When Bushi Matsumura died he left the "hands" of his teachings to my uncle, who was his grandson, Matsumura Nabe. My mother was Nabe-tanmei's sister. Tanmei means "respected senior or respected old man," this was and still is a title of much respect in Okinawa. I became a student of my uncle around 1902 or 1903 and learned the original methods of Uchinan Sui-di, as it was then called. Back then, there weren't large followings of students for a master of the warrior arts. Itosu Ankoh had less than a dozen students and he was one of the greatest of teachers at the time. My uncle had only one student, and that was me. He was still a practitioner with an "old mind" and would only teach or demonstrate for family members. Since I was the most interested, he allowed me to become his student. I should also state that Matsumura Orthodox is not the only authentic shorin-ryu style. This style, my style, was passed on from Matsumura Soken to my uncle, Nabe-tanmei but Nabe-tanmei was not Bushi Matsumura's only student. Matsumura had a good dozen or so dedicated students. Each one learned his methods and then expanded on them. My uncle only learned from Bushi Matsumura and only taught me what he had learned. So, it can be said that it an "old version" with no updates. By studying my Matsumura Orthodox you walk back into ancient times when karate was more forceful and challenging.

Interviewer: Sensei, can you tell me something about your training methods?

Sensei: Old training was always done in secret so that others would not steal your techniques. Nabe initially taught me stepping before anything. He would cut the leaves off the banana tree and place them on the ground. He would then have me do exercises to develop balance. If the balance was not good you would fall and since the exercises were always vigorous, a fall could seriously hurt you.

Text Box:  
We would also use the pine trees that were found throughout Okinawa. We would slap or kick the trees and develop our gripping methods for close in fighting. This kind of training was very hard and severe on a person who had to work hard all day and then train hard at night. Life was very hard back then. We would train twice a day. Early in the morning we would train on striking objects and conditioning to prepare one for the day. After working hard in the fields, we would have nightly training in two person techniques and conditioning like present-day kotekitai. We had to toughen our legs and hands - like iron, then they became true weapons. During the late hours we would practice the kata of Matsumura.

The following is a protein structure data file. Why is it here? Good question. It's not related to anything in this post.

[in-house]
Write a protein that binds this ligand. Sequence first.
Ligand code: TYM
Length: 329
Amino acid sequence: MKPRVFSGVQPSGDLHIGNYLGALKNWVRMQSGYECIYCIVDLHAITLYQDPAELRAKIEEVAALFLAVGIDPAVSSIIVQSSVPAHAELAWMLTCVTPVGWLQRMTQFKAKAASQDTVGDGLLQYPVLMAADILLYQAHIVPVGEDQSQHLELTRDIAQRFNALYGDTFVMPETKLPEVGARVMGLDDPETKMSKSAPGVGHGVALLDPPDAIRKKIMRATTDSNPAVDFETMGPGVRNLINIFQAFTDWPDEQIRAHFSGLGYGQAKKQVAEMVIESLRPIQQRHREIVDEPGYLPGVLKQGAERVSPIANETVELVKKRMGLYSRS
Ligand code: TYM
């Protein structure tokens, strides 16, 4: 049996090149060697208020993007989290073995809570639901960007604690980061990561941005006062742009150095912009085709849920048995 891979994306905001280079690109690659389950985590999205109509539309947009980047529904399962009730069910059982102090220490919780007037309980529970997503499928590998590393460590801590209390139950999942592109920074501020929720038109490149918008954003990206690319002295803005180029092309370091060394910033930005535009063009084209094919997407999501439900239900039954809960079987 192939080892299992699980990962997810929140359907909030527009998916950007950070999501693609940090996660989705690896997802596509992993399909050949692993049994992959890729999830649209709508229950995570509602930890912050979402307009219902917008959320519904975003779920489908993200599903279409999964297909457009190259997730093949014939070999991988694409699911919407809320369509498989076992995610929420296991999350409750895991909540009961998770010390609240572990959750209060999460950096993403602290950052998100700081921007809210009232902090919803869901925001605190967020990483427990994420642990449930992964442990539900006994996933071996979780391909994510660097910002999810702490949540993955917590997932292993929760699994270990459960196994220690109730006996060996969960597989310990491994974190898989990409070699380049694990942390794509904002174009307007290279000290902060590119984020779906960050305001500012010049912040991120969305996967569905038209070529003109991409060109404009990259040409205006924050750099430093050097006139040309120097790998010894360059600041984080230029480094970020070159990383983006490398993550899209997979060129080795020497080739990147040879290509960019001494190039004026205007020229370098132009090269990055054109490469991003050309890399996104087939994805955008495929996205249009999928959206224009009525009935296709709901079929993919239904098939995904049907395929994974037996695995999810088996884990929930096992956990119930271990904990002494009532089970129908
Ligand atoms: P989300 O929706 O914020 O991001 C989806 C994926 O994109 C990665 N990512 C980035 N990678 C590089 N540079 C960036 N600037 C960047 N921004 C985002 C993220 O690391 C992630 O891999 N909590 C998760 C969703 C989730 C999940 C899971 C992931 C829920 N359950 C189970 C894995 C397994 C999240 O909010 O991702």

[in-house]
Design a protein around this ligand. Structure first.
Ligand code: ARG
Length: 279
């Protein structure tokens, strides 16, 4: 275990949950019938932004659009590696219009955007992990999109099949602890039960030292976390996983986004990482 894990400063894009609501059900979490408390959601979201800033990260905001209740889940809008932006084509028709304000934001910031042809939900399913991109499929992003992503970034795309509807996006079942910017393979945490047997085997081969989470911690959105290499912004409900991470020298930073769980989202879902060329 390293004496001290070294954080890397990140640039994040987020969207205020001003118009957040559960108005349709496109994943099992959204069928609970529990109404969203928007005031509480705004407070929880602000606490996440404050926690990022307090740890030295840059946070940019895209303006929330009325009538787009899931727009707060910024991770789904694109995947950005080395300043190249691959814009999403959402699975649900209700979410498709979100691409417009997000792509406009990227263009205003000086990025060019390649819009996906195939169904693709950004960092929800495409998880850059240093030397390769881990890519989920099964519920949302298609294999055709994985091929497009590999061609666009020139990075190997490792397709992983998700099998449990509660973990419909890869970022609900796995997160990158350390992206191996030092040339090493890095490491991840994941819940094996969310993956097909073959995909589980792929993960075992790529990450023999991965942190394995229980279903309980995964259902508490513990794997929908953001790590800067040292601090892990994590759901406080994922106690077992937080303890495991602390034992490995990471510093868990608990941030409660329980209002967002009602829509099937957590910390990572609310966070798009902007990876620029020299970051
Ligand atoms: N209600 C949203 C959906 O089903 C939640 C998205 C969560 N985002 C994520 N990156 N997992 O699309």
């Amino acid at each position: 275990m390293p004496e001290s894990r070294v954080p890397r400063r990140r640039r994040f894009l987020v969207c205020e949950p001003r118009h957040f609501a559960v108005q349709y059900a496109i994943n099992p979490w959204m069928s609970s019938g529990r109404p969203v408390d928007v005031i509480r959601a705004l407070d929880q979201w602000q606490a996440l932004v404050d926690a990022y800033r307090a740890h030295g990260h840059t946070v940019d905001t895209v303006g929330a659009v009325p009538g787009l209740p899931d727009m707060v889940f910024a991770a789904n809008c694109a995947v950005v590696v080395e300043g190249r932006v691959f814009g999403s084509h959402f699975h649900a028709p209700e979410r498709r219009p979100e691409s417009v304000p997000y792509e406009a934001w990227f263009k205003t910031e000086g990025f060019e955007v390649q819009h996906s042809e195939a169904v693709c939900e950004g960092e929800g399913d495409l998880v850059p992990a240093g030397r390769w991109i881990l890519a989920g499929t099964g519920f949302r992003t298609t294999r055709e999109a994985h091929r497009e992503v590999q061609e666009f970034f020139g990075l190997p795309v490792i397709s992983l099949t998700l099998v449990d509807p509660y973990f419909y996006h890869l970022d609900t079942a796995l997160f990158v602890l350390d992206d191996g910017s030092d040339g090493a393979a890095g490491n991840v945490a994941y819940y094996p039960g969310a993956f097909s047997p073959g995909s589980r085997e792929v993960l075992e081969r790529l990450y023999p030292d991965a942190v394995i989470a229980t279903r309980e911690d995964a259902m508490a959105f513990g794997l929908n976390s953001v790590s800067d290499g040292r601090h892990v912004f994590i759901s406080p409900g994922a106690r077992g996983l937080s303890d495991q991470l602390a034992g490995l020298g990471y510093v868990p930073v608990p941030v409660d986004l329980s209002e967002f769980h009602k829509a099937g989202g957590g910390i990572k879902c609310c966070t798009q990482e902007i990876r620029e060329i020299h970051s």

Interviewer: Can you tell me something about the kata you teach.

Soken demonstrating a position from the Hakutsure (White Crane) kata.1

Sensei: Well, kata, yes, the most important Matsumura Seito kata is the Kusanku. Sometimes we would practice the Kusanku with Kanzashi (hairpins) held in the hands - this was a common method of fighting. The hairpins were symbols of rank and many Okinawans carried them for decoration and also for protection.

Interviewer: I understand that you teach a white crane form. Is this the hakucho kata?

Sensei: No, Hakucho is another kata that, I believe, came from the Chinese tea seller, Go Kenki. He moved to Japan but my kata is much different. I call it Hakutsuru. It was about... no, it was after ten years of training my uncle taught me the most secret kata of Matsumura Seito Shorin-ryu, the Hakutsuru (white crane) kata. This form stressed the balance -- all the Matsumura kata stressed balance but this form was the most dangerous in training. The practice of the Hakutsuru form forced me to learn better balance by performing the techniques while balanced on a pine log. Initially I learned the form on the ground and then I had to perform it on a log laying on the ground. For the advanced training the log was put into the river and tied down so as not to float away. I was then instructed to perform the kata while balanced on the log. It was very difficult and I almost drowned several times by falling and bouncing my head off the log.

Interviewer: You are recognized as a leading practitioner of traditional weaponry. Can you tell something about your weapons training?

Sensei: I studied traditional weaponry under Komesu Ushi-no-tanmei and later under Tsuken Mantaka. Tsuken is known for the bo form called Tsuken-nu-kun or Tsuken-bo. It is very famous. 

Interviewer: Sensei, you speak excellent Spanish. Where did you learn to speak Spanish?

Sensei: Yes, Spanish. In 1924 I moved to Buenos Aires, Argentina, to find my fortune. I apprentice myself as a photographer and later I worked in the clothes cleaning business. I learned Spanish there and I taught karate after they found out who I was. Most of my students in Argentina came from the Okinawan community - some Japanese. All in all, in Argentina, I only had a small handful of students but we gave numerous demonstrations throughout the country. There were many, many Okinawans and Japanese living in Argentina. I returned to Okinawa in 1952.

Interviewer: What happened when you returned to Okinawa?

Sensei: I did not teach karate at first. Yes, not to the public but I began to teach a few family members which then opened up to a small dojo. I initially called it by the "hogen" name - Machimura sui-de or in Japanese, Matsumura Shuri-te. Around 1956 I changed the name of my teachings to Matsumura Orthodox Shorin-ryu karate-do. I still trained in the old ways and did not understand the new methods that were being taught. It appeared to be softer and more commercial. Because of this, I did not join the new organizations that were being formed at the time. My old ways of karate was not readily accepted by everyone. They thought it too old and too crude -- I think it was just too hard or maybe my training methods were too severe. Whatever it was, it was the way I learned and the way I taught. It was later, when the Americans came to learn, that I changed my ways.